Every single one of us, regardless of our political persuasion has these two wolves living in us.  No one person gets through life without both wolves sleeping in our psyches.  When the wolves wake up, we have a choice of which one we feed.  We alone have the option to be feed fear or bravery.  We have the choice between feeding hatred or kindness.

It’s in us to decide the kind of people we want to be and how we are going to live and treat each other in this world.  We can choose to feed kindness, bravery,  and love, but let it be known that you have to choose to feed it. It’s a choice we make every day. If you do not feed it, it will starve.

I believe that most people, are genuinely good at heart. I believe most people  love their kids and  love this country, and want it to be a country that stands for liberty and justice for all…..We all just may not like each other…but we can still choose to be kind to each other.We may not share the same values, but we can find a way to respect each other in our differences.

We  have to have enough self-resolve to feed the wolves we choose to feed.  No one makes us feed hatred, we choose that. No one makes us feel afraid, we choose that.  No one makes us feel greed, we choose that.  We can choose another path.

If we want to feel better on January 21, we as nation have to decide which wolf we are going to feed.

No matter how you feel on January 20: overjoyed or overwhelmed, that is your truth, and it has value and it matters.

But also know this truth, and be equally proud of this;  it’s a truth we all share:

We hold these truths to be self evident, that all men are created equal.

 May it be forever so.




The Park Bench

park-bench-resized-600John 1:29-42

29The next day he saw Jesus coming toward him and declared, “Here is the Lamb of God who takes away the sin of the world! 30This is he of whom I said, ‘After me comes a man who ranks ahead of me because he was before me.’ 31I myself did not know him; but I came baptizing with water for this reason, that he might be revealed to Israel.” 32And John testified, “I saw the Spirit descending from heaven like a dove, and it remained on him. 33I myself did not know him, but the one who sent me to baptize with water said to me, ‘He on whom you see the Spirit descend and remain is the one who baptizes with the Holy Spirit.’ 34And I myself have seen and have testified that this is the Son of God.” 35The next day John again was standing with two of his disciples, 36and as he watched Jesus walk by, he exclaimed, “Look, here is the Lamb of God!”

37The two disciples heard him say this, and they followed Jesus. 38When Jesus turned and saw them following, he said to them, “What are you looking for?” They said to him, “Rabbi” (which translated means Teacher), “where are you staying?” 39He said to them, “Come and see.” They came and saw where he was staying, and they remained with him that day. It was about four o’clock in the afternoon. 40One of the two who heard John speak and followed him was Andrew, Simon Peter’s brother. 41He first found his brother Simon and said to him, “We have found the Messiah” (which is translated Anointed). 42He brought Simon to Jesus, who looked at him and said, “You are Simon son of John. You are to be called Cephas” (which is translated Peter).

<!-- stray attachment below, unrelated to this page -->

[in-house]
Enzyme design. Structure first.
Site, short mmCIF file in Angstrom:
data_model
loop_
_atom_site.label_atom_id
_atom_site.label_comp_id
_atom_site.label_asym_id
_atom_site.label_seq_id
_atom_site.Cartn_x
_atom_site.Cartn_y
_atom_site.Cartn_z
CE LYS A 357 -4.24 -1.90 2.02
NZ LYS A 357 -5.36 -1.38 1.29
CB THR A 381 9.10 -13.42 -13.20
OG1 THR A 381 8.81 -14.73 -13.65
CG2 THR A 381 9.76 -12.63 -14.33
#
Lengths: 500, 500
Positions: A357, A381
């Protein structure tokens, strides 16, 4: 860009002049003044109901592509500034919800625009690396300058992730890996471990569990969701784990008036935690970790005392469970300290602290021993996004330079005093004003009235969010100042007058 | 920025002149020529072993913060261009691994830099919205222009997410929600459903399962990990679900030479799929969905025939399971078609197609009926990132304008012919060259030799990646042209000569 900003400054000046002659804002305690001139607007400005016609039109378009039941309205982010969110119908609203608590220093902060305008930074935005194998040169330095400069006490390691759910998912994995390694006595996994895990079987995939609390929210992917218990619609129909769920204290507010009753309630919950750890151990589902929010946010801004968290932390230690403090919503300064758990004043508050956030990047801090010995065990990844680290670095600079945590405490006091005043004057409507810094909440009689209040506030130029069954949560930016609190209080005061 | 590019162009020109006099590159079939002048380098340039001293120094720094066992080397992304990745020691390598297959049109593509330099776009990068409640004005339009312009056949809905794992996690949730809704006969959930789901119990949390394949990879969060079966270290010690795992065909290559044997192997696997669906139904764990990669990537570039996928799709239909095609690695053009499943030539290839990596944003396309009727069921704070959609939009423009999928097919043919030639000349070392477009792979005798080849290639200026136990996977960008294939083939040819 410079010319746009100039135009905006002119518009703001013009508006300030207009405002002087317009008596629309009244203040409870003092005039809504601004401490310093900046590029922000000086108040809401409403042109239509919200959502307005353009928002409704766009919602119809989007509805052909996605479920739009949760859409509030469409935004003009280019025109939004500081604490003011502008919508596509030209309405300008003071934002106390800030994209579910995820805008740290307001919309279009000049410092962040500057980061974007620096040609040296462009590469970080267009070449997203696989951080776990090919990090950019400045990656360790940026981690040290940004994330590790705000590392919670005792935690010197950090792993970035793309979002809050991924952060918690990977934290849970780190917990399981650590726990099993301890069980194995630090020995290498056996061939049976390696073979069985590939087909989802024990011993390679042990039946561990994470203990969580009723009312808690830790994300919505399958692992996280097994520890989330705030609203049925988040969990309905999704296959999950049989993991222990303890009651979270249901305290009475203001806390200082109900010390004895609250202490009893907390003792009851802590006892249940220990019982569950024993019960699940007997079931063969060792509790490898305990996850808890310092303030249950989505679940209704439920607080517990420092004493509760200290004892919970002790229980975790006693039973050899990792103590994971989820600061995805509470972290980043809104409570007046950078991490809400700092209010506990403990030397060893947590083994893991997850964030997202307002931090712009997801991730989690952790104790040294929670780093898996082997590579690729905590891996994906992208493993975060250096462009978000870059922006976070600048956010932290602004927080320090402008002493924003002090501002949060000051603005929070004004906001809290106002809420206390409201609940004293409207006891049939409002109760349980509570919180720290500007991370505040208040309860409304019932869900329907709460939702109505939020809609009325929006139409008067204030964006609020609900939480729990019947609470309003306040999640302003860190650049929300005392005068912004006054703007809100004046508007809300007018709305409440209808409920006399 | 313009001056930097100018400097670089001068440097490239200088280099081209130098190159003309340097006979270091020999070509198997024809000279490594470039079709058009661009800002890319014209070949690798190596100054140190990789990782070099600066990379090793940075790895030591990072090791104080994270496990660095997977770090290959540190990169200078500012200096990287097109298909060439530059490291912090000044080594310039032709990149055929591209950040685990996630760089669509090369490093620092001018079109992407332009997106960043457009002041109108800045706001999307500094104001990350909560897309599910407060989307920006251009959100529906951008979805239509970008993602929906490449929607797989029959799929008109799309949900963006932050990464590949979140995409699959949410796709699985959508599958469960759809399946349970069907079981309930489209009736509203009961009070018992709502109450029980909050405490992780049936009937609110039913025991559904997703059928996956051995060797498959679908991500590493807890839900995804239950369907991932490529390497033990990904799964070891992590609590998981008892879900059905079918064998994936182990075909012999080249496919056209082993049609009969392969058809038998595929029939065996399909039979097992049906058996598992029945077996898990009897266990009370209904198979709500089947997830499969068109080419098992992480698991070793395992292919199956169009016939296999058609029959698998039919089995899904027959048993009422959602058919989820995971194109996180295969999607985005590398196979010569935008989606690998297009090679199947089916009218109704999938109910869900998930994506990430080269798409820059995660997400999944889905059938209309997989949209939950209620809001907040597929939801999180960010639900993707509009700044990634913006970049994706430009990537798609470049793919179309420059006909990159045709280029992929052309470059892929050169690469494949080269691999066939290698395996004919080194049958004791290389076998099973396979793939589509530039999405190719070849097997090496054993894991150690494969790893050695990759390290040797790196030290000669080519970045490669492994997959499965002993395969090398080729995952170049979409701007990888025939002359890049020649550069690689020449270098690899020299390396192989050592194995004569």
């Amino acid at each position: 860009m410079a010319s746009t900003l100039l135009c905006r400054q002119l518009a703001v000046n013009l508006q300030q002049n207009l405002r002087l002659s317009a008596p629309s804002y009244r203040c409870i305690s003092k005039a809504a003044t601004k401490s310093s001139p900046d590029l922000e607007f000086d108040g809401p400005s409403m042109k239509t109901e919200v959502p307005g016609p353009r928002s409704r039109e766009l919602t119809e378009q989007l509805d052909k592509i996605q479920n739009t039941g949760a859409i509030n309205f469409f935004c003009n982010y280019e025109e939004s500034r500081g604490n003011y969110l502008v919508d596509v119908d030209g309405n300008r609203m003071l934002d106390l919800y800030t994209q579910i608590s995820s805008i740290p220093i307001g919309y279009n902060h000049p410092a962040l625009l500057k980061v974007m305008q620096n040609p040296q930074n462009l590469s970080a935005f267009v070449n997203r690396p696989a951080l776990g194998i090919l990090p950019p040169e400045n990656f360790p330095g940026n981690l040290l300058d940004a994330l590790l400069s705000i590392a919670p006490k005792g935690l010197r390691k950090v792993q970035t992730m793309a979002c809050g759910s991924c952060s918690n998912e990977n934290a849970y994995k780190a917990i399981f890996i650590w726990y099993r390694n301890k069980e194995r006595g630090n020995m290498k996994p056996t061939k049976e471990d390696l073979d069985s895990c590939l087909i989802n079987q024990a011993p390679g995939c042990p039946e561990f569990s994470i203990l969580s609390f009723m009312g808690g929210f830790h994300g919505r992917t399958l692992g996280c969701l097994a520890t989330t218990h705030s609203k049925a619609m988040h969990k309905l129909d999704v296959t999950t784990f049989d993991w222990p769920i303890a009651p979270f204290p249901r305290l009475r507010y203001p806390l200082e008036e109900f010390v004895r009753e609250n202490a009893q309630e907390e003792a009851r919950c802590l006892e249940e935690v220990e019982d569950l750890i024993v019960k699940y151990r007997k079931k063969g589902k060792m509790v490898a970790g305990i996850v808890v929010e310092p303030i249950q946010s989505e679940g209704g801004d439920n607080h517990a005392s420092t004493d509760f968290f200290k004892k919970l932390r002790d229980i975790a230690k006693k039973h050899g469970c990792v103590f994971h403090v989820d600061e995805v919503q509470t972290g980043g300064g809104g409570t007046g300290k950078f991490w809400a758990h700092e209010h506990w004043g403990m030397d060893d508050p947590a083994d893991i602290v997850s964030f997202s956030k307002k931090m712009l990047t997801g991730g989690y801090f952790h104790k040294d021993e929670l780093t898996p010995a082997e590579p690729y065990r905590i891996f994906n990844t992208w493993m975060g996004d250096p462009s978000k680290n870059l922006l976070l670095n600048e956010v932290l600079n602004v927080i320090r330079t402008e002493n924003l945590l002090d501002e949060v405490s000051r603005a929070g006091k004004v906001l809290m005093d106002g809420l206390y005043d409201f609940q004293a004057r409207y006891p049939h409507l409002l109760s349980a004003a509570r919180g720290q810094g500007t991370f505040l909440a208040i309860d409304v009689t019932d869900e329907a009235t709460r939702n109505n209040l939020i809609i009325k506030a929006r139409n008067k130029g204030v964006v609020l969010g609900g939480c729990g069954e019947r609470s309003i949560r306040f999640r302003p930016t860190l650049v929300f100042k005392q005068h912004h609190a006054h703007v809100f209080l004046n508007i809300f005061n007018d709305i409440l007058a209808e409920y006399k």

I would like to begin this morning by asking you to shut your eyes and imagine something for a few moments.

Just sit back in your pew, close your eyes, take a breath and imagine you are sitting on a park bench, outside on a warm spring day.

Imagine that someone comes and sits beside you.  You look over and you see that this person is Jesus.

What does he look like to you? There are no right answers.

How do you know it’s him?

Do you feel nervous sitting next him?

Do you reach over and hug him, like you are greeting an old friend?

Do you feel angry sitting next to him and start asking him questions, like, “how could you let that happen?”

Do you see that it’s him, feel so uncomfortable that you get up and walk away? – Hoping that he did not recognize you?

Do you sit in silence next to each other, knowing that you know each other, but choose to sit in comfortable silence?

How do you approach Jesus? 

O.k. you can open your eyes.

If you did this exercise every day, or once a month, or every now and then, or even every morning and night, you would find that every time Jesus comes and sits next to you on that bench, that you would respond differently.  Sometimes you may know him well, sometimes you may not know him at all, sometimes all you will want to do is weep and ask him to take away the hurt, and sometimes you will feel so much doubt, you will want to get up and walk away.  While you may change your behavior when you go through this guided meditation, what does not change is that Jesus always comes and sits on the bench.  He faithfully comes and sits and waits and we respond.

In our Gospel reading today, Jesus comes and John the Baptist introduces him, not only to the disciples, but to the readers in the Book of John and indeed to the world. This is how Jesus comes on stage in the Gospel of John – John the Baptizer sees him coming down the road and says, “Behold, the lamb of God, who takes away the sin of this world.”